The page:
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Sadly, while I think this sequel does improve in a couple of ways, this is where the series started to go south for me. For one, the three daughters of Gru do not have a lot to do. Really, the oldest one played by Miranda Cosgrove has a “plot”, and even then, it’s very straight forward, and they don’t do anything with it. The other two get sidelined, and are just there because they have to be there. It’s not like they can retcon them, but you can at least do something with them. While I think Kristen Wiig is funny in this, her character is a bit too hyper and goofy. She becomes a bit much, and I think she would have been better as the slightly quirky, but serious agent that she was at the beginning of the film. The film also sadly trades in the heart for more wacky antics. It can be funny and very entertaining, but the heart and the action tend to lose a lot of its luster when there isn’t that much time to focus on the best aspect of it with Gru. I’m fine with a film trading story for comedy, but the comedy has to be good enough to forgive the lack of focus to the story. Sadly, the comedy is hit-and-miss. Some parts are really funny, and some parts aren’t. It once again has predictable story patterns that you know are going to happen, and not that I need to be surprised every time I watch a movie, I want the predictability to be entertaining. It also leaves the action to be pretty forgettable. The last third can be fun, but it doesn’t have the action seen in other animated comedies.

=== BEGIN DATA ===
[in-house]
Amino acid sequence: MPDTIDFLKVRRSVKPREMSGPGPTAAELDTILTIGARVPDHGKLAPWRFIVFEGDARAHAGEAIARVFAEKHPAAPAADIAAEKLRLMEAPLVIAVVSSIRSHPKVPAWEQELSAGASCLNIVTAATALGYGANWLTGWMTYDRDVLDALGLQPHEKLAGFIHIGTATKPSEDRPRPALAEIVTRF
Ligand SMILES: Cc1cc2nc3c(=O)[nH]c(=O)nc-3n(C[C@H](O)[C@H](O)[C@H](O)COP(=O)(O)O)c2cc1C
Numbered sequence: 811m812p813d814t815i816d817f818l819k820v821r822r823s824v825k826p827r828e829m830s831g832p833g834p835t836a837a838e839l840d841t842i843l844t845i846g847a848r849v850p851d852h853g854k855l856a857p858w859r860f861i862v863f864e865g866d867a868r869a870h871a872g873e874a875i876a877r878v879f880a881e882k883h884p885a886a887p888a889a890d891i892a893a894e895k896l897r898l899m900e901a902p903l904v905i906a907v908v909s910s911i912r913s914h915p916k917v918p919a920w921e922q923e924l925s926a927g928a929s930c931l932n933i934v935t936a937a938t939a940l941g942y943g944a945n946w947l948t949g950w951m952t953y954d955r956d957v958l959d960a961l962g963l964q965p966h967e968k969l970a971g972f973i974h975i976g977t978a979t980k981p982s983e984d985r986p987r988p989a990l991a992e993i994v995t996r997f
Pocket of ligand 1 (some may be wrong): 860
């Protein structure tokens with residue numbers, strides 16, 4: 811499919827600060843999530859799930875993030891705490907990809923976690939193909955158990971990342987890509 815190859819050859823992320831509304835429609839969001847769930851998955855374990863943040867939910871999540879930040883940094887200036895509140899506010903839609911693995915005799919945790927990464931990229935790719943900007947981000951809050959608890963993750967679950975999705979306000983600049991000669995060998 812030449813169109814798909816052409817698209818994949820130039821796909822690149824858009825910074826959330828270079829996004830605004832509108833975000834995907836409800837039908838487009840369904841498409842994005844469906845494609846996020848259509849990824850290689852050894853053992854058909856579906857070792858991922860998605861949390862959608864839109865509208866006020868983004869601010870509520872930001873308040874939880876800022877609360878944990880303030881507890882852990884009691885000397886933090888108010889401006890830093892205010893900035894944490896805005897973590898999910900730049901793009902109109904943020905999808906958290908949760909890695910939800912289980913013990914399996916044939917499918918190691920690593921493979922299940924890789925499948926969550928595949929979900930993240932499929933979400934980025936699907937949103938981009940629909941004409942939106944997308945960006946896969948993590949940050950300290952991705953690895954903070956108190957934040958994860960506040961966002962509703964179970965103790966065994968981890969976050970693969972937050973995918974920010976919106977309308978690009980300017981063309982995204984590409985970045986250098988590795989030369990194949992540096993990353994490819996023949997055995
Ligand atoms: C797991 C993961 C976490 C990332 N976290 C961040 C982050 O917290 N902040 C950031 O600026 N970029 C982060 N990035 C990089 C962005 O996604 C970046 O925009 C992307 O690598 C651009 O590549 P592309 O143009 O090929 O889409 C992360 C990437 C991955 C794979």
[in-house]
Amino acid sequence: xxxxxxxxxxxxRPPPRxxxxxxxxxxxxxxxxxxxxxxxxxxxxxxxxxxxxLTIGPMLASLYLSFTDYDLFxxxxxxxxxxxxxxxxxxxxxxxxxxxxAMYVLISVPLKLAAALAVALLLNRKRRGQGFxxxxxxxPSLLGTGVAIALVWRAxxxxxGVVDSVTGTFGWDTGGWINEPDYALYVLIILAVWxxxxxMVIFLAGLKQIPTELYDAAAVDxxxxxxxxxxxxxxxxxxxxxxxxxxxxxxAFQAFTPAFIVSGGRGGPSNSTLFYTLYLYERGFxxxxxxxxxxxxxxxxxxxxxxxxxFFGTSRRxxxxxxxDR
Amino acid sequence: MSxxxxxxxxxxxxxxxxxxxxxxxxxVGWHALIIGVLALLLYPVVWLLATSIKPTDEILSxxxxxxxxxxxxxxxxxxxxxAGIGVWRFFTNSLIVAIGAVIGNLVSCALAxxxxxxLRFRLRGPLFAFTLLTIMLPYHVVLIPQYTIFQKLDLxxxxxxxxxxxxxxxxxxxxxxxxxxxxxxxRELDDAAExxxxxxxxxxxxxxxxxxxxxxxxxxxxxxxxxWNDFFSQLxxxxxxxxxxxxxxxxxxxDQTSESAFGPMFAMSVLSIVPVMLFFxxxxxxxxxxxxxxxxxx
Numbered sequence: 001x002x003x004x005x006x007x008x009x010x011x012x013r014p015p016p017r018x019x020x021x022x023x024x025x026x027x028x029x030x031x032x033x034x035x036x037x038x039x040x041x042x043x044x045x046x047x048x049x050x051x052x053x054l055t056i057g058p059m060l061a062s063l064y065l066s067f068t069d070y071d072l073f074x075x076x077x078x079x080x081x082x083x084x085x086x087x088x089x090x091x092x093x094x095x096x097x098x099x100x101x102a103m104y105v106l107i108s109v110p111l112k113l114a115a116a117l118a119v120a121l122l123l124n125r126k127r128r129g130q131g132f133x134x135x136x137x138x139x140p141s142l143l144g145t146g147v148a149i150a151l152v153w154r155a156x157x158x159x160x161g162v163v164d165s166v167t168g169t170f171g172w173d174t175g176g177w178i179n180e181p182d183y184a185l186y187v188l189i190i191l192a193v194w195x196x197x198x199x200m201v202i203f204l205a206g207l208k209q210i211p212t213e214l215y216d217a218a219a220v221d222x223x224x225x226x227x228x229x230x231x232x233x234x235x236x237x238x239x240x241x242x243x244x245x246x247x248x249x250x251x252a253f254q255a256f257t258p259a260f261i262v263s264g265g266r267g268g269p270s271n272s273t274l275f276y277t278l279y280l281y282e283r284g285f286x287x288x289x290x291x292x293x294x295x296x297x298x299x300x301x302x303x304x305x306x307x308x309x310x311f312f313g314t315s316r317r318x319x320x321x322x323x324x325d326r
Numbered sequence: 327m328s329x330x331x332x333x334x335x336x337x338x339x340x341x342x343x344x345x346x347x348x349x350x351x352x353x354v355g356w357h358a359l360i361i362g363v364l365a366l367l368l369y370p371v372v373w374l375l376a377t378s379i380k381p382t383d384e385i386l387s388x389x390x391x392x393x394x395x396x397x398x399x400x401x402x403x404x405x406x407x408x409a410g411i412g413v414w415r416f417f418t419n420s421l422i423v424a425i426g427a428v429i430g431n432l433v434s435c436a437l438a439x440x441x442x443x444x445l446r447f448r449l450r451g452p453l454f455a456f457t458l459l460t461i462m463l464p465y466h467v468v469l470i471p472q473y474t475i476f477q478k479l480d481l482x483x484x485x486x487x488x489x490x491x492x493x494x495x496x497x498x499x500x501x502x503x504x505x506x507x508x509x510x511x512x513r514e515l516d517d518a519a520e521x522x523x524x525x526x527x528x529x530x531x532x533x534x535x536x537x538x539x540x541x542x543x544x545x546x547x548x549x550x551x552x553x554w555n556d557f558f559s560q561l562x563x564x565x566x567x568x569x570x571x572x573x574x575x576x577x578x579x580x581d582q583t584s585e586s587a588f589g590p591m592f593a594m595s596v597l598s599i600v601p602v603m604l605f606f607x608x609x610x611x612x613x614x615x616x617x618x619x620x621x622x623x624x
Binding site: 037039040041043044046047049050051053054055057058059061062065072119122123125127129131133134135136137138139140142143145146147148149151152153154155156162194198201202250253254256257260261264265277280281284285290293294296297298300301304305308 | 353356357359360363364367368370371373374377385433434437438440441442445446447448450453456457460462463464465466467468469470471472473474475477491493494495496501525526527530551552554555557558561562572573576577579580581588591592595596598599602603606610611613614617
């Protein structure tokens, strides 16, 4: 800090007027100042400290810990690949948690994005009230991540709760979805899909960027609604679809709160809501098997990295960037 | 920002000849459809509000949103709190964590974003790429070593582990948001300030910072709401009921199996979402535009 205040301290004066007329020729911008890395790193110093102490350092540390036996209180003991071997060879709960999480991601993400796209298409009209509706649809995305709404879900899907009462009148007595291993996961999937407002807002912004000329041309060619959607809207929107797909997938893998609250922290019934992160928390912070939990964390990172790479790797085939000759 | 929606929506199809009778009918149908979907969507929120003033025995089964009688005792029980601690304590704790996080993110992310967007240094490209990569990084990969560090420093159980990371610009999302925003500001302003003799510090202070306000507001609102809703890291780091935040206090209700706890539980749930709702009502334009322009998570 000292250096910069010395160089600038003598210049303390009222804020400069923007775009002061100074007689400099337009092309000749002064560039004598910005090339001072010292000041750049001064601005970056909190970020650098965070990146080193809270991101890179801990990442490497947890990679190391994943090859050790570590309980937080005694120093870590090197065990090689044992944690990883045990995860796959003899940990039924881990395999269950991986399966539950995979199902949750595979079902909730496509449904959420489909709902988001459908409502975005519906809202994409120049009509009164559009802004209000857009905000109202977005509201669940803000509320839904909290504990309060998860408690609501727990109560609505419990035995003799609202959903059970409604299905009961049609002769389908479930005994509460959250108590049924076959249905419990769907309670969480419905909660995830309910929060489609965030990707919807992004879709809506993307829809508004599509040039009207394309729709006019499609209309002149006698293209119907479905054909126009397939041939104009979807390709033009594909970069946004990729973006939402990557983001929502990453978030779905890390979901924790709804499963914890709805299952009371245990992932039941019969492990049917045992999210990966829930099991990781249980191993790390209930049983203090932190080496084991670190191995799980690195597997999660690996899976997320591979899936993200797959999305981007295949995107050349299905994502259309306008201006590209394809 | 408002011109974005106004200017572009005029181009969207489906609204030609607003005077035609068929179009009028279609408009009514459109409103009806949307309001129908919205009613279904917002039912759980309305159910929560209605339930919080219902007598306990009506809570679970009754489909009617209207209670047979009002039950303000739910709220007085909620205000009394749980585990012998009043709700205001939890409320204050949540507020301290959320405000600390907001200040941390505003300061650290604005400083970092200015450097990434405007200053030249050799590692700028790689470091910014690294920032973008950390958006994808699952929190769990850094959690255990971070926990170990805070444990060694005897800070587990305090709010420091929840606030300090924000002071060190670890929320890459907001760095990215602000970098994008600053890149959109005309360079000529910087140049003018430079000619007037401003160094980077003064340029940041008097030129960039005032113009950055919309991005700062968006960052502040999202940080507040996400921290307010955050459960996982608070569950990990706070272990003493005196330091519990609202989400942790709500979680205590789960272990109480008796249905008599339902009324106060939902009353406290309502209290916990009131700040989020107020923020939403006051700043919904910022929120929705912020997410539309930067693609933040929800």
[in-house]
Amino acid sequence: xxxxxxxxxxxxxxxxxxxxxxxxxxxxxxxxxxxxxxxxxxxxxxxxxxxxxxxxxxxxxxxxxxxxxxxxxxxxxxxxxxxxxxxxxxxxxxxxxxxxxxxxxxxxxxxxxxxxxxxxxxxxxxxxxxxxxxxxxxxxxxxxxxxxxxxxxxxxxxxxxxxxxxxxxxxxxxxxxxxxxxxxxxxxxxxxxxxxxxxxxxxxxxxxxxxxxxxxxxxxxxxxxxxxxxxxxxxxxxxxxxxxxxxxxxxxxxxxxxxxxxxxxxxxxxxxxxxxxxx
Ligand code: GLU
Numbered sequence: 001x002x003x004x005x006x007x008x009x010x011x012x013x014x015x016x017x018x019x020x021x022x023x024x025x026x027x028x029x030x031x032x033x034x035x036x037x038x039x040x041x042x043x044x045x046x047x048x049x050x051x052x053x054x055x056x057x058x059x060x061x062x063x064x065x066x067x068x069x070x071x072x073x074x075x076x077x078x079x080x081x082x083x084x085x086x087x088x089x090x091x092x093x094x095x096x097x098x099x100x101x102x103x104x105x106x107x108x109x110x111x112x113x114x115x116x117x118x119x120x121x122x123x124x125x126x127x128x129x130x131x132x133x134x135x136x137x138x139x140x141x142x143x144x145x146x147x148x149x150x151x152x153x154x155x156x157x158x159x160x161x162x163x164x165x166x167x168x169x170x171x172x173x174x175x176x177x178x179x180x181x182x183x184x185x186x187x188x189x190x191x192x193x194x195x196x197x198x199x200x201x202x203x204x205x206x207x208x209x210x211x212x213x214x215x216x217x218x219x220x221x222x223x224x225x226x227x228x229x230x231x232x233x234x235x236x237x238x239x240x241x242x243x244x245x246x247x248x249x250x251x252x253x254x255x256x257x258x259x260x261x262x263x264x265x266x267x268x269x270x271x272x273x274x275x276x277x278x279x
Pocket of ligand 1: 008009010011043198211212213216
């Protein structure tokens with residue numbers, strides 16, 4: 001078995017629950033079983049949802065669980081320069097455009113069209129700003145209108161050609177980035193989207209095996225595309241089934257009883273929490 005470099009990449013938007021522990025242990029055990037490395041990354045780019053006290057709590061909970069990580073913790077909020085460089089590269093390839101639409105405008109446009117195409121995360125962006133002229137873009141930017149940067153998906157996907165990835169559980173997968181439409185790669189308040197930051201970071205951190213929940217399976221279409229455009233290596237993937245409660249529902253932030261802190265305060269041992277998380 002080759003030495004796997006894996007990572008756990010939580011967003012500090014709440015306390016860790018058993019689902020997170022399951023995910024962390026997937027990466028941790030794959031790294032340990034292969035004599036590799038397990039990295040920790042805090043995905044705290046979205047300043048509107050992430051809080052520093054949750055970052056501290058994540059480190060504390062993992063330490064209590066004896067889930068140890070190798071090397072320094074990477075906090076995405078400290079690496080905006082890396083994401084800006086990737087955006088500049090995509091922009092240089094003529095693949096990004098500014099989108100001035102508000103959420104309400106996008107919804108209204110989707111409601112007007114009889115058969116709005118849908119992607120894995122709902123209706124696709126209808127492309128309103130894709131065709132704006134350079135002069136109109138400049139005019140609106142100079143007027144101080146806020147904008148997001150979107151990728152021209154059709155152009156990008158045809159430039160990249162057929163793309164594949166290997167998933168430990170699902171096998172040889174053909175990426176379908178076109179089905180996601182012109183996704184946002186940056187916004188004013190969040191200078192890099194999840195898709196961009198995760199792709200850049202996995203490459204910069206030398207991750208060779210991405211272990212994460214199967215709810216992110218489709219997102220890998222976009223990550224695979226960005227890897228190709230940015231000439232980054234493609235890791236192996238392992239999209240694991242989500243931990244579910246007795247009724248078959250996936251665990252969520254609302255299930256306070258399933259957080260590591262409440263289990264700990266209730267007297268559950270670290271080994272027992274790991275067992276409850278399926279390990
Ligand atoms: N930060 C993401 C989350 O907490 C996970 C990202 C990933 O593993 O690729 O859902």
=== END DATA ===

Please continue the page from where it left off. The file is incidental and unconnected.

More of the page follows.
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While improving in many ways, Despicable Me 2 is also middle-of-the-road. I enjoyed watching it for this review, and for when I made my Worst to Best Animated Films of 2013, but I don’t see myself wanting to watch it again. It has its good moments, but is just passable enough to not be anything hugely mediocre. Now then, we shall move on to the point of no return as we dive into the first spin-off film of the franchise with Minions. Thanks for reading, I hope you enjoyed the review, and I will see you all next time!

Rating: Rent it!

The Other Side of Animation 56: Sausage Party Review

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(If you like what you see, you can go to camseyeview.biz to see more of my work on video game reviews, editorials, lists, Kickstarters, developer interviews, and review/talk about animated films. If you would like, consider contributing to my Patreon at patreon.com. It would help support my work, and keeps the website up. Thanks for checking out my work, and I hope you like this review!)

WARNING/PARENTAL HEADS UP!:  This film is in no way meant for kids. It’s rated-R for a reason, with shock humor, swearing, sex jokes, sexual events by way of food, and graphic in its jokes and imagery. Do not watch this with your kids. Hope you enjoy the review!